I noticed - and came across the same problem - people on comp.lang.tcl are regularly asking for tools to automatically generate documentation from source code. It seems no page is currently dedicated to maintain a list of tools available for Tcl.
[mkdoc::mkdoc]: Embed code documentation in Markdown into programming languages like Perl, R, Tcl, Python or C++. Singe file command line application or can be used as Tcl package
escargo 2005-04-21: One thing to keep in mind with these tools is that some of them might be used with OO systems that extend the Tcl syntax, Snit for example. Now, instead of just need to track proc definitions, namespaces, and global variables, you might want to keep track of classes, methods, typemethods, and other interesting extended Tcl syntax. I haven't looked at all of these tools, but I know that robodoc made it possible to handle pretty arbitrary things to track and document.
MAKR 2006-12-08: Half a year ago I decided to move over to robodoc. I now have all in-source documentation (C and Tcl) converted to this format. This was one of the best ideas I ever had. The commentary in the sources is clean and readable. The resulting HTML documentation is it too. You can format it to your liking using CSS...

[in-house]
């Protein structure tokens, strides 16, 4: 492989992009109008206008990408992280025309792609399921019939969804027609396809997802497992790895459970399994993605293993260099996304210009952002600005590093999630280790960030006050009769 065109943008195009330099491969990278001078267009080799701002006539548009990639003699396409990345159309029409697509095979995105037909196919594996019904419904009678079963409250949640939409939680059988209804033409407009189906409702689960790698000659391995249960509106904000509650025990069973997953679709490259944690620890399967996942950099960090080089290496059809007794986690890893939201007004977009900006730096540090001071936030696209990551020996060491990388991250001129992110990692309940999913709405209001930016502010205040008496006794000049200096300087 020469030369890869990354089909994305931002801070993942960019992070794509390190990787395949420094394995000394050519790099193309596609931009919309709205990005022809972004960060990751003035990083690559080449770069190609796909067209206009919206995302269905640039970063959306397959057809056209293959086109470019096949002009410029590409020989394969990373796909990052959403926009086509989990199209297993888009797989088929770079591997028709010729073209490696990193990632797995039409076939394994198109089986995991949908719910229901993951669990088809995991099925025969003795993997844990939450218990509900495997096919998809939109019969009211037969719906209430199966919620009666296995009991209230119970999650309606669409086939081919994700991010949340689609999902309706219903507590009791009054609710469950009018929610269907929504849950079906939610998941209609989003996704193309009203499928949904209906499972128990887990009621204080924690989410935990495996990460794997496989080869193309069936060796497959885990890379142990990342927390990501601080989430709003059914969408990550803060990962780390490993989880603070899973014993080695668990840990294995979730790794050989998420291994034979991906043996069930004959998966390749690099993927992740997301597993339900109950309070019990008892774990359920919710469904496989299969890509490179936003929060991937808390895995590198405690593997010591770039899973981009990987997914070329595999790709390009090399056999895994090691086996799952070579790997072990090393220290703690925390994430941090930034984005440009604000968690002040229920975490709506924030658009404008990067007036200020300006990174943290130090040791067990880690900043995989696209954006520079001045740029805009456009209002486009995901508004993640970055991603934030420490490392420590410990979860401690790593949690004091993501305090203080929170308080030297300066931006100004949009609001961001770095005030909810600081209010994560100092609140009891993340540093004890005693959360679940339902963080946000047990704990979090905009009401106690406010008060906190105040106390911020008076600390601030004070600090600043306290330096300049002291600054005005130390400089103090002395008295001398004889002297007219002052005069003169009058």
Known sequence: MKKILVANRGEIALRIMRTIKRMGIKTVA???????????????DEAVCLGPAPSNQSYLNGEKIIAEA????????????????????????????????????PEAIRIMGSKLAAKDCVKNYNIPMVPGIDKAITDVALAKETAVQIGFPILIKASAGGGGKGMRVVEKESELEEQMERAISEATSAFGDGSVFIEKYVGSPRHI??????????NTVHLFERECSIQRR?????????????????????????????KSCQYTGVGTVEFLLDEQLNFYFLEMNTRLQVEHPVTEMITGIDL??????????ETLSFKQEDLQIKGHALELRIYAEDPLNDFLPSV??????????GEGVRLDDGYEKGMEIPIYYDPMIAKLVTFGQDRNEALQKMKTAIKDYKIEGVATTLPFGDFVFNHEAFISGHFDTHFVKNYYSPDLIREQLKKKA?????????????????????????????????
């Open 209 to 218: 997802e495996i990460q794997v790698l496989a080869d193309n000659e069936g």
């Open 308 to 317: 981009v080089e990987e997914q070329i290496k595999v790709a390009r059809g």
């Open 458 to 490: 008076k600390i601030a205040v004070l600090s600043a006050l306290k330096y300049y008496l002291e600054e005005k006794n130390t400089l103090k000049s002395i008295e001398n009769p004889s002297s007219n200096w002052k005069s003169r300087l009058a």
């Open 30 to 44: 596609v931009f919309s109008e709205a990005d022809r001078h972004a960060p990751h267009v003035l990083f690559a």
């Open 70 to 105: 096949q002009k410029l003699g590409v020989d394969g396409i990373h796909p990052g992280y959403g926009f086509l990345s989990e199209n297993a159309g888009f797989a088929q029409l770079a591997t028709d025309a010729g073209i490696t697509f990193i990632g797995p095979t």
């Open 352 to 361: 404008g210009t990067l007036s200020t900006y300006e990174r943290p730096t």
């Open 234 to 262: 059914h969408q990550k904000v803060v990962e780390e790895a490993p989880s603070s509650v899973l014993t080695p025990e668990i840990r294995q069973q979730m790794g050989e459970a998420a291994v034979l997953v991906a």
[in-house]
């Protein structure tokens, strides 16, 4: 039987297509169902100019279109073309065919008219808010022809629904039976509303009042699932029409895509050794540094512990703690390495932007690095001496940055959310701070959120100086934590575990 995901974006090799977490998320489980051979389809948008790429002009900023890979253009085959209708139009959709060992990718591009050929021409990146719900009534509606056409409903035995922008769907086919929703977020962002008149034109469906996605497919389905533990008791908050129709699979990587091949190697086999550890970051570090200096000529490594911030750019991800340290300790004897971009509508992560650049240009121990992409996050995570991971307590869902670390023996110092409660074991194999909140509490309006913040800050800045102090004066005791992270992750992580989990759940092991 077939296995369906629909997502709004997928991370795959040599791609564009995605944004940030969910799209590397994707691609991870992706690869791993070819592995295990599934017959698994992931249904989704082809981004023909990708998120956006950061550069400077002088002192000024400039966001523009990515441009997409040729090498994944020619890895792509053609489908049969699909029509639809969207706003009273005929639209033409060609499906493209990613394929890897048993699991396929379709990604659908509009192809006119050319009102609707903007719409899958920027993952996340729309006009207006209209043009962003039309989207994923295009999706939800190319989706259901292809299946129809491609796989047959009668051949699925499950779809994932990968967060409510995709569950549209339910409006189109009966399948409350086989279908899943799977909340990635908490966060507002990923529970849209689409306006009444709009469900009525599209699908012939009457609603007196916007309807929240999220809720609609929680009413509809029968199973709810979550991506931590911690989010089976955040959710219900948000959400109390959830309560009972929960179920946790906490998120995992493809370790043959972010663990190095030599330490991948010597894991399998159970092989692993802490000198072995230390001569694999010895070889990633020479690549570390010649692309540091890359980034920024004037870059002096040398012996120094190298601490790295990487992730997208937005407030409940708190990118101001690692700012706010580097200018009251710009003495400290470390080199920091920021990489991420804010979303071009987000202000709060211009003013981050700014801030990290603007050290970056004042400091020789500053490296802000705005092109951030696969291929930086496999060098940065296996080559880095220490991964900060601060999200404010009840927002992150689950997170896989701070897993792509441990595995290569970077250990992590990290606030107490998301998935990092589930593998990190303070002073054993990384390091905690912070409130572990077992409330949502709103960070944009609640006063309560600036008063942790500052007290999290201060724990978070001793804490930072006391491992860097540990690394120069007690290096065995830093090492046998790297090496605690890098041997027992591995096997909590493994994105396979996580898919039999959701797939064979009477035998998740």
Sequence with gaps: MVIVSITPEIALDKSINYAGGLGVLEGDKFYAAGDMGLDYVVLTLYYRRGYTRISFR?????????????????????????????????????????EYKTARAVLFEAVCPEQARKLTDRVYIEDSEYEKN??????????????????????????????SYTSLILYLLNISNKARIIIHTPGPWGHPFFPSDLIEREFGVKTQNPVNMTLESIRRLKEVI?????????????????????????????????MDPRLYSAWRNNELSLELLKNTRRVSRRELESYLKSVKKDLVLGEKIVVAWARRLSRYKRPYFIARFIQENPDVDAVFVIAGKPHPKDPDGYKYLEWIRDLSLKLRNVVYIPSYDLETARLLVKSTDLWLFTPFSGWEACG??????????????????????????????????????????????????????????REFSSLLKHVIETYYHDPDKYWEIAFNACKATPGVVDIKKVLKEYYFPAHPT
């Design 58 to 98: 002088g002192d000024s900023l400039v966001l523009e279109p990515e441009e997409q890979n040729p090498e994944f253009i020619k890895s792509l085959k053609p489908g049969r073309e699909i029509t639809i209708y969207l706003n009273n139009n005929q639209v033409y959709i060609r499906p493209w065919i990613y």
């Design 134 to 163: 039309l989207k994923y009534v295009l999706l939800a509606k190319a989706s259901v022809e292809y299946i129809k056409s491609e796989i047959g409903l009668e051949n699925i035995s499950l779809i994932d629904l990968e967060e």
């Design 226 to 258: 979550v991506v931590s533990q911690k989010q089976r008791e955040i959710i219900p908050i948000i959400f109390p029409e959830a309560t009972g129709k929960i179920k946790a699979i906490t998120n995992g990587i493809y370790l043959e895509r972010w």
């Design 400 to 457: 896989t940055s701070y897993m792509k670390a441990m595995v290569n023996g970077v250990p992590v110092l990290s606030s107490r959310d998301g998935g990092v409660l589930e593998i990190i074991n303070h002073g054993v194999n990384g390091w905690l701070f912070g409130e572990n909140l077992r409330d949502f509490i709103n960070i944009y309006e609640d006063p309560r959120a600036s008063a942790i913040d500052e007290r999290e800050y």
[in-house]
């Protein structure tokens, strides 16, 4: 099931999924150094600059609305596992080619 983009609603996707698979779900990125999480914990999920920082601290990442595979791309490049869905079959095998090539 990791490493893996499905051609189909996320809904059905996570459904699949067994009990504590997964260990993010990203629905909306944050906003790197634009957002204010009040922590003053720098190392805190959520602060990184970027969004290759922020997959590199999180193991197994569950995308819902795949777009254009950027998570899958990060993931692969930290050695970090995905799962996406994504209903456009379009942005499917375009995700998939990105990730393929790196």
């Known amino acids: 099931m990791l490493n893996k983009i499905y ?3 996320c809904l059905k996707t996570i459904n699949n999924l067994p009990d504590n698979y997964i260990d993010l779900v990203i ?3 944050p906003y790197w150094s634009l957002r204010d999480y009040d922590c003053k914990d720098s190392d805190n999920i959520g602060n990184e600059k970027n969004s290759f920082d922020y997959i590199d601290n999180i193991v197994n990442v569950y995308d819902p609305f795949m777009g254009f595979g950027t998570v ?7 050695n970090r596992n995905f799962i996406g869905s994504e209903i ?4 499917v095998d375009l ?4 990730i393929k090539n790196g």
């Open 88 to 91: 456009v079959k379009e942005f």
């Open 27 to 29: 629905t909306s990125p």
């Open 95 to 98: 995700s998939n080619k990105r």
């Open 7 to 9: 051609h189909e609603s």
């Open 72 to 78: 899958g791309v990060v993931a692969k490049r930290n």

MAKR 2007-12-14: just stumbled over discussions about the Tcl user documentation project and also saw an What you need to know to write man pages , by Peter Seebach, 2004-02-10, at c.l.t. about how to write manpages.
Lorance: Since I have used Perl POD for years I decided I Should use that for Tcl. I have added embedded POD support to my personal tcl.vim syntax file. See my Github Repository for more information (The Wiki has screenshots).
MHo - 2020-11-16 22:32:49
IMHO This page is a good example for the situation of Tcl/Tk:
Where other languages or eco systems have only one, or sometimes two or three solutions, the tcl community offers 50. But to decide which one you should use, you often spend a whole evening, looking sometimes at 404's, at "no longer maintained"-Messages, or at something like "only works under this and that circumstances...", "work in progress", etc.
Not that I am misunderstood: after "studying" a lot of languages I still vote Tcl/Tk as one of the best, if not Nr One. Simplicity and flexibility is unbeaten, deployment via starkits and starpacks as simple and mighty as it can be all together, robustness is great, errors are rare, performance very good in many scenarios.
But, what the hell, why isn't this ingenious language more popular after all?